ROSARIO, Argentina – After releasing a report documenting 81 cases of the sexual abuse of minors in Spain, the Jesuit leadership in the country expressed “shame, pain, and regret.”

The report on allegations of abuse made against members of the religious order covered the years 1927-2020, and also included documentation about the sexual abuse of 37 adults in that period.

“We feel shame, pain and regret,” said Jesuit Father Antonio España, the head of the Spanish province of the order.

“We want to learn to apologize to the victims and society for the abuses, for the culture of silence, for not facing the facts fairly,” he said at a press conference on Thursday.

The priest said the presentation of the report was a priority for the order as it tries to “create a safe environment” in all its work. “A fundamental part of this is being accountable for the past,” España said.

The report is the result of a two-year investigation, and uses a broad definition of sexual abuse, from improper language and solicitations, to touching and rape.

According to the Jesuits, “most cases” involved improper touching.

“The lack of systematization of the information that existed has been a difficulty,” said Father José María Rodríguez Olaizola, communication secretary of the Society of Jesus in Spain.

“However, out of honesty with the people who have suffered abuse and the need to clarify the past, we have found it essential to face this investigation.”

The information was collected by going through the archives of the religious order, with information provided by former provincial superiors. There were also listening commissions, testimony from other Jesuits, information found in newspapers, and allegations made confidentially to an email made widely available ahead of the compiling of the report.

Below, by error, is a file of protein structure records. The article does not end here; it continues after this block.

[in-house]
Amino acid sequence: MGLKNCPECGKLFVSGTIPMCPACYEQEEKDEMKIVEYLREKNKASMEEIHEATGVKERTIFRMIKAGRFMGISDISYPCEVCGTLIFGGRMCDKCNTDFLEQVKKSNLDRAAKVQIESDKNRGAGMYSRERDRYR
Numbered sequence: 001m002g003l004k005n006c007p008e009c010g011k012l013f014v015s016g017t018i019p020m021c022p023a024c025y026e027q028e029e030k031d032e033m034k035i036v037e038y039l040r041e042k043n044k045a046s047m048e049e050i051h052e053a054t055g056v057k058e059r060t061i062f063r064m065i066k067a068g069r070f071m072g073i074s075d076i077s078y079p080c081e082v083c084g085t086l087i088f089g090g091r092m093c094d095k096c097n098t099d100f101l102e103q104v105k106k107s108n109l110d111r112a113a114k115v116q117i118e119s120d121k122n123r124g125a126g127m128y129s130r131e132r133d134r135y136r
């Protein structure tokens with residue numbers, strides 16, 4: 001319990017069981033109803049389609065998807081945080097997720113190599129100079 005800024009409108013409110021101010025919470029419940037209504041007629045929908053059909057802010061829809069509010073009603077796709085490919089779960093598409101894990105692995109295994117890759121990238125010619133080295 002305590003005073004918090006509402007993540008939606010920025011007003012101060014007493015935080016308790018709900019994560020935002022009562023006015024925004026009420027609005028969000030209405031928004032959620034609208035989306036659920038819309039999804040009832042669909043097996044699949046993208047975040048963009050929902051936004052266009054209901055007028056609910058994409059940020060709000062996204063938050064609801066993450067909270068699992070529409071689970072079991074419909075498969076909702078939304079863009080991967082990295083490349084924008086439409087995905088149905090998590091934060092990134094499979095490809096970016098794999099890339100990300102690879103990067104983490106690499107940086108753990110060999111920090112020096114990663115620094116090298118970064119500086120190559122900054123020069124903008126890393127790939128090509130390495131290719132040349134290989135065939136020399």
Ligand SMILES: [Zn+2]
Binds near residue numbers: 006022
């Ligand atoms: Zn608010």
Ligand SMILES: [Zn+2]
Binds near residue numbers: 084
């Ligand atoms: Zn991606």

In an attempt to prevent new instances of sexual abuse, the Jesuits in Spain have implemented a “safe environment system” in all their institutions, based on three pillars: Awareness, prevention and intervention. The order says they hope to generate “a profound change in culture.”

More than half of the abuse against minors took place in schools run by the Jesuits. The abuse was perpetrated by a total of 96 priests, of whom 71 are deceased, with the rest being expelled or suspended from the order, or banned from contact with minors.

“We want to insist on the need to take the data with caution,” says the report. “We believe that there may be cases of which we are not aware. In the future, others who have suffered abuse might need to step forward, since they have not yet found the strength or the possibility to tell their story.”

“Our objective, in every case, is to seek truth and justice, and contribute, if it is in our hands, to help them heal,” the report says.

According to the report, there have been 8,782 Jesuits in Spain since 1927, the year of the first recorded instance of abuse in the report, until present day. At least 65 of these Jesuits have credible accusations that they abused minors, of whom 14 are accused of abusing more than one child.

Taking into account those who are accused of abusing adults, the Jesuits found that 1.08 percent of those in the Spanish province have been credibly accused of committing sexual abuse.